Global changes in cell physiology and metabolism take place in bacterial cells entering the stationary phase. The processes that ensure cell survival under adverse environmental conditions are activated, and cells with an improved resistance to many stress factors are formed as a result of the general stress response. The review considers the molecular mechanisms of cell differentiation in Gram-negative bacteria (exemplified by Escherichia coli) upon deceleration or complete suppression of cell growth, including changes in all steps of gene expression. The transition to the stationary phase is accompanied by DNA compaction, which is due to qualitative and quantitative changes in the protein composition of the nucleoid. Changes in the translation machinery under these conditions include the formation of functionally inactive 100S ribosome dimers with participation of the RMF protein. Dramatic changes are observed in the transcription machinery: while the general level of gene expression decreases, activation or induction is characteristic of many genes and operons that are silent in actively growing cells. The key role in stationary phase-associated regulation of gene transcription is played by the σS subunit of RNA polymerase. Expression of the rpoS gene, which codes for σS, is regulated by an intricate multicomponent regulatory network, which functions at the levels of transcription of the rpoS gene, translation of the σS mRNA, and proteolysis of σS. In addition, some issues of selection of σS for transcription initiation and the roles of other factors in regulating gene expression in cells with decelerated or completely suppressed growth are discussed. Data are presented on the role of quorum-sensing systems in regulating the processes that occur at a high density of a bacterial population.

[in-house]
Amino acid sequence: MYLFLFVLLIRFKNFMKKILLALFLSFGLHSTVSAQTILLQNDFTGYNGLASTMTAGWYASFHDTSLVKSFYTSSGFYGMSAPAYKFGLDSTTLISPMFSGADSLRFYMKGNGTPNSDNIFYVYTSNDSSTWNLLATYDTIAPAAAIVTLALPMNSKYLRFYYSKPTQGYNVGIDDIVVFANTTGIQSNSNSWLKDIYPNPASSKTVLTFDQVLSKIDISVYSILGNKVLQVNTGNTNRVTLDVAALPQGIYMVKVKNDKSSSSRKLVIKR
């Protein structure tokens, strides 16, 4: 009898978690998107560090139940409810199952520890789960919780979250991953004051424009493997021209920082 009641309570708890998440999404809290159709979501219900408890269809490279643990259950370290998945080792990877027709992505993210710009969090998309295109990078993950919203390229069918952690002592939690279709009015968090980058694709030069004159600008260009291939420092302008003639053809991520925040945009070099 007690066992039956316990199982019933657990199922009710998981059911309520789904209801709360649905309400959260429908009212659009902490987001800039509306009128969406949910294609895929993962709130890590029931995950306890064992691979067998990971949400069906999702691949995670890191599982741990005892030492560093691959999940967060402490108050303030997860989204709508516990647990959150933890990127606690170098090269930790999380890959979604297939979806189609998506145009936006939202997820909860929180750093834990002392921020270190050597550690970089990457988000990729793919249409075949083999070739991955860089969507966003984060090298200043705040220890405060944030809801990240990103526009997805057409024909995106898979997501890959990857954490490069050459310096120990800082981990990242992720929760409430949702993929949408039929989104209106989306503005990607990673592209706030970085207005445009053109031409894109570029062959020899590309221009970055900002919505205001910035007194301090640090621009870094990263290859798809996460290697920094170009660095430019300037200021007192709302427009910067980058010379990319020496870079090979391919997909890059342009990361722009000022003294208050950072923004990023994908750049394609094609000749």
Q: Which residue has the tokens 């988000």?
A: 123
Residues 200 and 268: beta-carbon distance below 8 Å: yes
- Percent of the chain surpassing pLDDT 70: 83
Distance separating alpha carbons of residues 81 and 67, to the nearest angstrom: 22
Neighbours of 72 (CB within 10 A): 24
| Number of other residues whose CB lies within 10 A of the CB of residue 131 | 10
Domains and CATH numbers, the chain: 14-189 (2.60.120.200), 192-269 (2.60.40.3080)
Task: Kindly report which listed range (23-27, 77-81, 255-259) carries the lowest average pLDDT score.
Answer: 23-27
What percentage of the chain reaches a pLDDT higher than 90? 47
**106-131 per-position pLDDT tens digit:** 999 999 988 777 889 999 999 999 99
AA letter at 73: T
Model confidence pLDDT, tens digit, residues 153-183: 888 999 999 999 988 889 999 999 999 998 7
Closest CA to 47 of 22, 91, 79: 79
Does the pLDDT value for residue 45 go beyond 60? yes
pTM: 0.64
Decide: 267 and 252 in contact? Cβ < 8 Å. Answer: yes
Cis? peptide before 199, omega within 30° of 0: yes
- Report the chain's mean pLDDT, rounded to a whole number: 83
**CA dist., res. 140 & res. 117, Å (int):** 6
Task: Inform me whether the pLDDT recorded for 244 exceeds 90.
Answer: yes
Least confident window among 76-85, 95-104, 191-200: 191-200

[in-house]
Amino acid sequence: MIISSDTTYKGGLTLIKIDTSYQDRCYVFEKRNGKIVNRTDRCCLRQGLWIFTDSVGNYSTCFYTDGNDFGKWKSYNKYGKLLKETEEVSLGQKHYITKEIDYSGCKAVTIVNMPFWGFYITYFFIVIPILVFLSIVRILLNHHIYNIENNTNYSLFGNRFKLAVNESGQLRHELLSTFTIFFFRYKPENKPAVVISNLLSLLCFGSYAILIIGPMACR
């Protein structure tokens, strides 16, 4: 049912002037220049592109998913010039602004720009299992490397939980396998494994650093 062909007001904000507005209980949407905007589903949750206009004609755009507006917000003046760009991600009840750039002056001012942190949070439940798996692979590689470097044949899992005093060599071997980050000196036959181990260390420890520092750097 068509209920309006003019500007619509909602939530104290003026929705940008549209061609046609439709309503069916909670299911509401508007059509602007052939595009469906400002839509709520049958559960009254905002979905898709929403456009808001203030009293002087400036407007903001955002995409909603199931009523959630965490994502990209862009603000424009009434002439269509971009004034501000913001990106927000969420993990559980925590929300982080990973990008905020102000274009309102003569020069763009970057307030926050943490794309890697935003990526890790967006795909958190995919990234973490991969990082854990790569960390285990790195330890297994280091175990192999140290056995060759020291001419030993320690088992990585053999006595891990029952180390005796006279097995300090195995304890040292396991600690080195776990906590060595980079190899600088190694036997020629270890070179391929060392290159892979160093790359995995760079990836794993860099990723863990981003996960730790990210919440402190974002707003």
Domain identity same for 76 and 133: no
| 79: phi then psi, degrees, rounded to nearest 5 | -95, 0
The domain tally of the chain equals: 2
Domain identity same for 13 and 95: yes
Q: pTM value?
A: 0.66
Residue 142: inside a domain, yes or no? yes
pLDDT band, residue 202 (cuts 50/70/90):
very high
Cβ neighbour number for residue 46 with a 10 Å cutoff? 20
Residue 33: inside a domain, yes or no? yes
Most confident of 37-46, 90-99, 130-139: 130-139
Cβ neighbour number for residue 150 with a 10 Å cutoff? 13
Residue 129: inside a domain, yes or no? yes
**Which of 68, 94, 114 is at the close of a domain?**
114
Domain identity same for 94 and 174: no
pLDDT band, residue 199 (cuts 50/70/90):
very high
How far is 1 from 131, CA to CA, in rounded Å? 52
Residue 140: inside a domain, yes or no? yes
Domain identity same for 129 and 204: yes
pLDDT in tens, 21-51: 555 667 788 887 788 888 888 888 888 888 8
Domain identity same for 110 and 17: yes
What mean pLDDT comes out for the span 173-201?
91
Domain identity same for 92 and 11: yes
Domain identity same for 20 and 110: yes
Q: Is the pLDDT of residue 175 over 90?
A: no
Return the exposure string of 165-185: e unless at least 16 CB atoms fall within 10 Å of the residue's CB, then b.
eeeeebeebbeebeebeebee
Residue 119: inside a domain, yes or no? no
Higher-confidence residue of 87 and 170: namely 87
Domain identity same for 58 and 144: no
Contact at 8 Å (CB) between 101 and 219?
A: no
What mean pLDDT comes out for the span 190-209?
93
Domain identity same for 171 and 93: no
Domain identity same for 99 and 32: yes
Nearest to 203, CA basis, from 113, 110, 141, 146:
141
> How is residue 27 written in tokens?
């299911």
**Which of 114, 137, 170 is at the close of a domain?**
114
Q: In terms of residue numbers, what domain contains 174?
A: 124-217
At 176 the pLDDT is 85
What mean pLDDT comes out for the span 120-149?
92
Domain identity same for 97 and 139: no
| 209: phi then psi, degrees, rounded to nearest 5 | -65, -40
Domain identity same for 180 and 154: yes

Russian Journal of Genetics – Springer Journals
Published: Oct 10, 2005
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